Friday, March 21, 2014

Friday round up

1. It's called "acting out".

This is an old comment but I thought about it related to something that someone who is not Lena Dunham did last week:
You could say a lot about a college girl who posts a YouTube video of herself in a bikini taking a bath in a public fountain: that she’s dumb, cute, narcissistic, asking for it, amateurish, a confused product of our pornified age. But you would also need to call her ballsy. Dunham—who created said video while at Oberlin College—has developed a signature career move that involves trying out many things in public, at the expense of her own dignity, to see how people react.
I remember one of the first interviews I read with Dunham she talked about having done this fountain video for YouTube and all the comments about how fat she was. In the interview she said that a lot of the comments were about whether she had "any right to do this". That is what Dunham represents for her fans. The right of every woman to do nude scenes and be thought sexy for doing so.

I'm of two minds on this. Dunham has a boyfriend. Did you ever notice that no one mocks him for being sexually attracted to her? That's because the women who attack Dunham know that they aren't any sexier than she is and the men who attack her know their dates aren't. We have a real problem in North America in that we don't let women be publicly sexual unless they have really beautiful bodies and faces. ("We" here meaning that both women and men.) If there is one good thing the millennial generations have done, it is to stand up for the right of all women to do this.

On the other hand, I'm not sure why Dunham keeps doing nude scenes. What is the point this is making? Does she even know? Does she grasp that she has to make an effort? That even Betty Page wouldn't have looked sexy if she, as Dunham does, had an expression that suggested that she was preparing for a root canal? That the tatoos were a bad idea? The problem, it seems to me that what Dunham is doing is neither ballsy nor original. We have an expression for it and the expression is "acting out".

And it's going to end badly for her.

2. Liberal Catholicism

Liberal Catholicism has no future—like liberal Protestantism, it is fated to become liberalism simpliciter within a generation. The children of liberal Catholics will either want their liberalism unvarnished by incense and holy water, or they will rebel and ask if there’s something more challenging, disobeying their parents by “reverting” to Catholicism. While “liberal” Catholicism will appear to be a force because it will continue to have political representation, as a “project” and a theology, like liberal Protestantism it is doomed to oblivion.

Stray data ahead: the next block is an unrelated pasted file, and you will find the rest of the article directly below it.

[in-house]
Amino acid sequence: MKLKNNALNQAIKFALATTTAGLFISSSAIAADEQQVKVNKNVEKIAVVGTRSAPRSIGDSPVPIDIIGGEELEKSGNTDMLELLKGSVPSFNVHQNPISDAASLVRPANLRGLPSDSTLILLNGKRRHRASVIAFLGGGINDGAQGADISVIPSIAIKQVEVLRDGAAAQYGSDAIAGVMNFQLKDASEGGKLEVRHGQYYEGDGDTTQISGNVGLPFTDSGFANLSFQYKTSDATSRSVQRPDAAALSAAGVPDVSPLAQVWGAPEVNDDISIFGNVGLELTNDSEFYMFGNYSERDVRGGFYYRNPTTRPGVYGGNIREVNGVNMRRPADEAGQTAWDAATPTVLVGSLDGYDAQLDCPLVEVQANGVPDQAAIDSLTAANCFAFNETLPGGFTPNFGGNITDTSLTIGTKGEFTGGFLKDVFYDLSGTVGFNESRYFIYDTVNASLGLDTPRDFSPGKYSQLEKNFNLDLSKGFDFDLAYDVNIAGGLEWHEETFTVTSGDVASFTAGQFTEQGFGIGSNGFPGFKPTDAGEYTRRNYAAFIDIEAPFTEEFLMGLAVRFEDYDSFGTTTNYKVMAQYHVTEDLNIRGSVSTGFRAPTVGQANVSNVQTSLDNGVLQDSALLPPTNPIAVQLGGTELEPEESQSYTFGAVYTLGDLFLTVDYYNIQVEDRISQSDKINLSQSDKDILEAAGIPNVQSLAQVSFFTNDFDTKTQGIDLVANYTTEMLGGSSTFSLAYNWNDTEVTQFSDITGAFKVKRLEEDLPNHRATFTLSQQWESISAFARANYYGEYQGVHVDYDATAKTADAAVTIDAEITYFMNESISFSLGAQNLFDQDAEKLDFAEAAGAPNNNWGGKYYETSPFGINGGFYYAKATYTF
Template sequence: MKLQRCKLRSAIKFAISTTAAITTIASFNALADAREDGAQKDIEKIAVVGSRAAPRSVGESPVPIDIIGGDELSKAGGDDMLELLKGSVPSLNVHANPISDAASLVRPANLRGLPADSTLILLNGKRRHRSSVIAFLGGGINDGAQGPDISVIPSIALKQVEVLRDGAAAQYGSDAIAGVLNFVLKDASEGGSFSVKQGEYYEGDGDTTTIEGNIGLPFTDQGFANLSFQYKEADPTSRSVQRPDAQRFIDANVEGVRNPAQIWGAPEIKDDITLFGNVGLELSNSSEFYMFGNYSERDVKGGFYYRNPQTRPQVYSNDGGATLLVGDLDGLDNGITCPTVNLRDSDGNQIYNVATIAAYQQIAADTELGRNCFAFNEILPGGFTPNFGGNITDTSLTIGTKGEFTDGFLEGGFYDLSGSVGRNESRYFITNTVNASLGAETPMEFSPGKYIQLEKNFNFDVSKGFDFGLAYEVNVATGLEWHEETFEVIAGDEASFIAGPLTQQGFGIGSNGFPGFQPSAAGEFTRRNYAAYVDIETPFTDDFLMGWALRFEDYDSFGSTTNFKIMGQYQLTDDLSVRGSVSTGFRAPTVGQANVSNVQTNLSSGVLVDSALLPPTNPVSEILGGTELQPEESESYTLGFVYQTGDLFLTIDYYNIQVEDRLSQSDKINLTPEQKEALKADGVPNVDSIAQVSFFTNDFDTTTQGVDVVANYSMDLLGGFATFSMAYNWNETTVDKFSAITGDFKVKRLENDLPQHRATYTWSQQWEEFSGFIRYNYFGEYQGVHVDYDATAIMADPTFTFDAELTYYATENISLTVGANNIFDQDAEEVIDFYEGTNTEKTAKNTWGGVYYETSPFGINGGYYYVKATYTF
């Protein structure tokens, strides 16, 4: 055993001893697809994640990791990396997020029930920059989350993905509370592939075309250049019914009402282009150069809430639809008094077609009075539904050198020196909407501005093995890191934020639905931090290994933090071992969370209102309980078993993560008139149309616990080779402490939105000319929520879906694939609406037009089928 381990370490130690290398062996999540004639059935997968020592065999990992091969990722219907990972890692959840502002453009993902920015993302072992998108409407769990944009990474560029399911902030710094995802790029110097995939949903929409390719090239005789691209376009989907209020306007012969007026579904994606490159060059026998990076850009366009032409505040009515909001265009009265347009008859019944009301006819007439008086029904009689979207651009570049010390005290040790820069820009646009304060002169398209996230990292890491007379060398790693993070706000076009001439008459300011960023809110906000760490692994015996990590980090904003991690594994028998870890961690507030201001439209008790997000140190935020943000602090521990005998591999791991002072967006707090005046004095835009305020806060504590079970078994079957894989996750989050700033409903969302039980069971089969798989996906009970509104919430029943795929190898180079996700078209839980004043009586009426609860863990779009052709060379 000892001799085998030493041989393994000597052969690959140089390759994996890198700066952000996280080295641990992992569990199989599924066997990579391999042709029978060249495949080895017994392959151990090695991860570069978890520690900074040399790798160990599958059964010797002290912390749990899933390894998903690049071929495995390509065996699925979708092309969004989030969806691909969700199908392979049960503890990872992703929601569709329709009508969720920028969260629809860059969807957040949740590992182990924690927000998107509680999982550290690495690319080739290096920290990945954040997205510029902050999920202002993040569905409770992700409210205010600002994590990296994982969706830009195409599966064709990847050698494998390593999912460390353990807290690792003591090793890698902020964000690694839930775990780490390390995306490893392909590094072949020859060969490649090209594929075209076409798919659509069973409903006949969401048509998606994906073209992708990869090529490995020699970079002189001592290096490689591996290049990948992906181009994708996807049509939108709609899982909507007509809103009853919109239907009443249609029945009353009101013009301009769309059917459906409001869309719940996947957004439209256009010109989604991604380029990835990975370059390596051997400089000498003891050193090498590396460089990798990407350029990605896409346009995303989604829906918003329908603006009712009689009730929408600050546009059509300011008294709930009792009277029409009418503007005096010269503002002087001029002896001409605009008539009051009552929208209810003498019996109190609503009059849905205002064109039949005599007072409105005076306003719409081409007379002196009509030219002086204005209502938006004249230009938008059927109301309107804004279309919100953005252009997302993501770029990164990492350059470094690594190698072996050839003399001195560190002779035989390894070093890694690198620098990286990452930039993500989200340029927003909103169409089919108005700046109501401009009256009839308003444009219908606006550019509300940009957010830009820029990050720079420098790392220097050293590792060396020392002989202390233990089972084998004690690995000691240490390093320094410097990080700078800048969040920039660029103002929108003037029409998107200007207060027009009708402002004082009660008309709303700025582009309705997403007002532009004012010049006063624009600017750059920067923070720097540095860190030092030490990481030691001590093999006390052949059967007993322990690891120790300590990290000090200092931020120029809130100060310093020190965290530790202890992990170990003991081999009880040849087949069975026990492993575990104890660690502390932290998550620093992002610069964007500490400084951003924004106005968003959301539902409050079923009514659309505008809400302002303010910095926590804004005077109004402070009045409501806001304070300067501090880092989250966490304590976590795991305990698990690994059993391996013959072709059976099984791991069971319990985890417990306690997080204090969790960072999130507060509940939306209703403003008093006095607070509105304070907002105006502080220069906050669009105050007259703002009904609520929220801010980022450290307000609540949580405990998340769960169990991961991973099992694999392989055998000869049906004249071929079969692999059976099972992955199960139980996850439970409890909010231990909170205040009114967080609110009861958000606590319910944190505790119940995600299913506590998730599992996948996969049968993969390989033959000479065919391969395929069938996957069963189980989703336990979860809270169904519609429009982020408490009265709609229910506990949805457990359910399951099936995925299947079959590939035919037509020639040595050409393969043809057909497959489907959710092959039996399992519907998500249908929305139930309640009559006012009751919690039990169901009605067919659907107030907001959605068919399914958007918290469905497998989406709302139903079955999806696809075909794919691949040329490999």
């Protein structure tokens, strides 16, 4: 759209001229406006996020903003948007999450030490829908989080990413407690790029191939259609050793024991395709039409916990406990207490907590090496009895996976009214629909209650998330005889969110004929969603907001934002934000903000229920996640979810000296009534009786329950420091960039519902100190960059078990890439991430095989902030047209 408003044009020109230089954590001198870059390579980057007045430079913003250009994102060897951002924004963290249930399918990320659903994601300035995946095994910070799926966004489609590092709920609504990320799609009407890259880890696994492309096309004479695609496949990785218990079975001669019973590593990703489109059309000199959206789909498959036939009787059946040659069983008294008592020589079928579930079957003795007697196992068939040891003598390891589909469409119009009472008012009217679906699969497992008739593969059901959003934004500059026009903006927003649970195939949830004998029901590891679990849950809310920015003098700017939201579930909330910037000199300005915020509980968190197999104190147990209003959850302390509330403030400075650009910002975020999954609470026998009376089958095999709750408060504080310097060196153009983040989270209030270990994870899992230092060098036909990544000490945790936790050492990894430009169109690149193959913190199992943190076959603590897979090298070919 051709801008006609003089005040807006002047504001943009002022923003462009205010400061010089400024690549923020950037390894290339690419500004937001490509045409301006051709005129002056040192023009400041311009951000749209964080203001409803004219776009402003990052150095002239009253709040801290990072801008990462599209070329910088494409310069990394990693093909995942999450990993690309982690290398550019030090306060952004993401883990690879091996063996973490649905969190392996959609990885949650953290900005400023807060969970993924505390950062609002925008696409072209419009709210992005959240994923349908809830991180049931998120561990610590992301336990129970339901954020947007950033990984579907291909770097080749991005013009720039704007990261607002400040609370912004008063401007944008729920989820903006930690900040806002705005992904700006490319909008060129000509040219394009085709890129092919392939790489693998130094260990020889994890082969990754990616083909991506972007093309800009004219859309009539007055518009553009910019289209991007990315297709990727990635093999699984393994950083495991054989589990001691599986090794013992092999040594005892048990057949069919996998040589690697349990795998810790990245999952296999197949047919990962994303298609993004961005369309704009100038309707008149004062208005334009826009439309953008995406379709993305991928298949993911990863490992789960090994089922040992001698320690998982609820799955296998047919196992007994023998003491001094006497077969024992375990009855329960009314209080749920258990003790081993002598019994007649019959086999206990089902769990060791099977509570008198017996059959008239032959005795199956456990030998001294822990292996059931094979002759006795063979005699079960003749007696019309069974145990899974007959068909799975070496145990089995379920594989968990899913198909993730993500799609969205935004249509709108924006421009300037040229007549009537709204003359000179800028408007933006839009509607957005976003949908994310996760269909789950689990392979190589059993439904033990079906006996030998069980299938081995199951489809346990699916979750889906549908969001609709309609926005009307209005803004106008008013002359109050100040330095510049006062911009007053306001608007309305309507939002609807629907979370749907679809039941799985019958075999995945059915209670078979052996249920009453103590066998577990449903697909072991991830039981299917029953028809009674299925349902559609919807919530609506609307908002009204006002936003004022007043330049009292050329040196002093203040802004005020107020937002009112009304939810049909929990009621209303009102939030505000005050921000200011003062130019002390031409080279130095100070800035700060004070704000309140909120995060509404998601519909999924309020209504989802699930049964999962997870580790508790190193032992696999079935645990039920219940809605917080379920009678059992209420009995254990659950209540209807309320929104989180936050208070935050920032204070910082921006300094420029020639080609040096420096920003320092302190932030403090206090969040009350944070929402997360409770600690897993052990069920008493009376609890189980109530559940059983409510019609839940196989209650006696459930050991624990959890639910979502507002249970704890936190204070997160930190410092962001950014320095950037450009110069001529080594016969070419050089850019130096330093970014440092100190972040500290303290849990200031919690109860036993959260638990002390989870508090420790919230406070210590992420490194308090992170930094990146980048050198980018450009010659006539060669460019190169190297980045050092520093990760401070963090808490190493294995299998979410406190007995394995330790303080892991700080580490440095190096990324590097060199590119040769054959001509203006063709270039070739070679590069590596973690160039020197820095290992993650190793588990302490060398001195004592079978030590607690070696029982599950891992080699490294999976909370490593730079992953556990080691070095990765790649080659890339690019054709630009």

That's right. Liberals are not putting bums on pews and they are not producing vocations. That is worth keeping in mind when you read about the, "Francis Effect". I suspect that the people who use the expression hope/imagine that there are millions of liberal Catholics who have been waiting for the pope who would make the church safe for them to come back. I doubt very much that will happen. Then what will liberal Catholics do?

(I suspect the answer is that they will go out for brunch on Sunday morning.)

3. The revolution that wasn't

Obama's 2008 campaign scarcely deserves to be called a "cause." It was more a cult of personality. "His entire political persona is an ingeniously crafted human cipher, a man without race, ideology, geographic allegiances, or, indeed, sharp edges of any kind," observed Rolling Stone's Matt Taibbi in 2007. "As far as political positioning goes, his strategy seems to be to appear as a sort of ideological Universalist, one who spends a great deal of rhetorical energy showing that he recognizes the validity of all points of view."
His slogans were vapid even by the standards of political sloganeering: "Yes, we can." "Hope and change." "We are the ones we've been waiting for." He was often called a "rock star"--a celeb, not a cause. It's as if the Beatles came to America in 1964 to run for president rather than to sell records, and got elected on slogans like "Let it be," "Please please me" and "I want to hold your hand." Half a century later, the Beatles' tunes have an enduring appeal to their once-youthful, now-elderly fans. Had they been forced to face the exigencies of governing, it's unlikely a Lennon-McCartney administration would be remembered much more fondly than Johnson-Humphrey is.

I can't improve on that but want to add that Taranto is going too lightly on the Beatles. Yes, they were  trying to sell records, but  they weren't just trying to sell records. It shouldn't surprise us that the culture that thought youth and music could change the world would produce an empty suit like Obama.

4. How many raisins are there in two scoops?